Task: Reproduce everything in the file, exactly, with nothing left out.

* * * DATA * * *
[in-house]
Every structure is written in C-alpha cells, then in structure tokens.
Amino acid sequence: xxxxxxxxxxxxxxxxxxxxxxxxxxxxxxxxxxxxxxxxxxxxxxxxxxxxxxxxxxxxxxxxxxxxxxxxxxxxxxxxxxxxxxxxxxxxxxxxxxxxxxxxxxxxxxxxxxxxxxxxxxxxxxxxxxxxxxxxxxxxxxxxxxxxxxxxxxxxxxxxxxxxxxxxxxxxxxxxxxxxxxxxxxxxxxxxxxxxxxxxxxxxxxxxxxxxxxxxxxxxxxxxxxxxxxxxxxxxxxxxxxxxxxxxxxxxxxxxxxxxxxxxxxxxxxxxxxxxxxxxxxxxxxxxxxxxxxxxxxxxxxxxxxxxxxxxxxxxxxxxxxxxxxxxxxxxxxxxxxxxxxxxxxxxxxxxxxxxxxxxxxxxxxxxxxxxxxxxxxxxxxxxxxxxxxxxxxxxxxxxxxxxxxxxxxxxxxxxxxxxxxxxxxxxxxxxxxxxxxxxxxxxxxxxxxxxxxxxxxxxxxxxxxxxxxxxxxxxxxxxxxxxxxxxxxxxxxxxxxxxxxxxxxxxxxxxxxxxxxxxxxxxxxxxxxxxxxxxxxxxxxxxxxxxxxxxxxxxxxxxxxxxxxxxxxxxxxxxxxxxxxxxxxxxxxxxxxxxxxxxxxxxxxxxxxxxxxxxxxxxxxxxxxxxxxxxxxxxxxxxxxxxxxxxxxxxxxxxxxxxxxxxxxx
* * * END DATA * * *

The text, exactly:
[in-house]
Every structure is written in C-alpha cells, then in structure tokens.
Amino acid sequence: xxxxxxxxxxxxxxxxxxxxxxxxxxxxxxxxxxxxxxxxxxxxxxxxxxxxxxxxxxxxxxxxxxxxxxxxxxxxxxxxxxxxxxxxxxxxxxxxxxxxxxxxxxxxxxxxxxxxxxxxxxxxxxxxxxxxxxxxxxxxxxxxxxxxxxxxxxxxxxxxxxxxxxxxxxxxxxxxxxxxxxxxxxxxxxxxxxxxxxxxxxxxxxxxxxxxxxxxxxxxxxxxxxxxxxxxxxxxxxxxxxxxxxxxxxxxxxxxxxxxxxxxxxxxxxxxxxxxxxxxxxxxxxxxxxxxxxxxxxxxxxxxxxxxxxxxxxxxxxxxxxxxxxxxxxxxxxxxxxxxxxxxxxxxxxxxxxxxxxxxxxxxxxxxxxxxxxxxxxxxxxxxxxxxxxxxxxxxxxxxxxxxxxxxxxxxxxxxxxxxxxxxxxxxxxxxxxxxxxxxxxxxxxxxxxxxxxxxxxxxxxxxxxxxxxxxxxxxxxxxxxxxxxxxxxxxxxxxxxxxxxxxxxxxxxxxxxxxxxxxxxxxxxxxxxxxxxxxxxxxxxxxxxxxxxxxxxxxxxxxxxxxxxxxxxxxxxxxxxxxxxxxxxxxxxxxxxxxxxxxxxxxxxxxxxxxxxxxxxxxxxxxxxxxxxxxxxxxxxxxxxxxxxxxxxxxxxxxxxxxxxxxxxx